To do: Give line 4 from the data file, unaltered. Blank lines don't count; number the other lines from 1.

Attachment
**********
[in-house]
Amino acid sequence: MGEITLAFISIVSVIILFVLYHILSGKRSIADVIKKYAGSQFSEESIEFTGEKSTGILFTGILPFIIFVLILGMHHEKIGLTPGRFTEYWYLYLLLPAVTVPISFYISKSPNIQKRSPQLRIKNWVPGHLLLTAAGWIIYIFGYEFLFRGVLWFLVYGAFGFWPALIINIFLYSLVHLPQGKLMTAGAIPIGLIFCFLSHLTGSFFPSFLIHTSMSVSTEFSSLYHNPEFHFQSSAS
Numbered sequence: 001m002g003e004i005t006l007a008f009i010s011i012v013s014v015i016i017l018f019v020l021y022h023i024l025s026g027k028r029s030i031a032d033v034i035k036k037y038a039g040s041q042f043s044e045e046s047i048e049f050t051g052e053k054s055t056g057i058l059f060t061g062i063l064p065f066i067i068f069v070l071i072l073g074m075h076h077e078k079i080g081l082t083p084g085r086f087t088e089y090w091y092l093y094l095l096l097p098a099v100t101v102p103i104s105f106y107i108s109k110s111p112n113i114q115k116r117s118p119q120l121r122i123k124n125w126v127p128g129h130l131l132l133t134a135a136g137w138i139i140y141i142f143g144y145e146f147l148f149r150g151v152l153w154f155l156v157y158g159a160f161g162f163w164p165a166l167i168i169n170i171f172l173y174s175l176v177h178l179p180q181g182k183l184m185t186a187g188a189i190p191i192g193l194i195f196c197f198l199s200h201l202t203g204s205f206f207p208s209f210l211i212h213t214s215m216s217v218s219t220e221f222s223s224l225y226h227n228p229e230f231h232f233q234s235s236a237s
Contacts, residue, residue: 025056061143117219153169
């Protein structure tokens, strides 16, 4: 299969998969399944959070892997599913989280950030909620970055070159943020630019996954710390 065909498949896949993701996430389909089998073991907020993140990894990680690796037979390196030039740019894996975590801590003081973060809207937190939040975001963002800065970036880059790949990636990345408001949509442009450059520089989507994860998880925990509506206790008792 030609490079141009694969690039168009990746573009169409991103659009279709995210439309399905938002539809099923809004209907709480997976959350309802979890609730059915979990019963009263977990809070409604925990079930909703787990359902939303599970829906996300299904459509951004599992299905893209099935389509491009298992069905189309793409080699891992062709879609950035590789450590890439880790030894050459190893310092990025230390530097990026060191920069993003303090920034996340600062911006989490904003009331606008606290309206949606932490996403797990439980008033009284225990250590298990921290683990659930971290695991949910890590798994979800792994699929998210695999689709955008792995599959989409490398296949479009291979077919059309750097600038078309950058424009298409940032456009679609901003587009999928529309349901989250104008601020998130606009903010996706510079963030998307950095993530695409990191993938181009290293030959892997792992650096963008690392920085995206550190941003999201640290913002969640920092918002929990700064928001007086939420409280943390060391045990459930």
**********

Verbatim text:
Contacts, residue, residue: 025056061143117219153169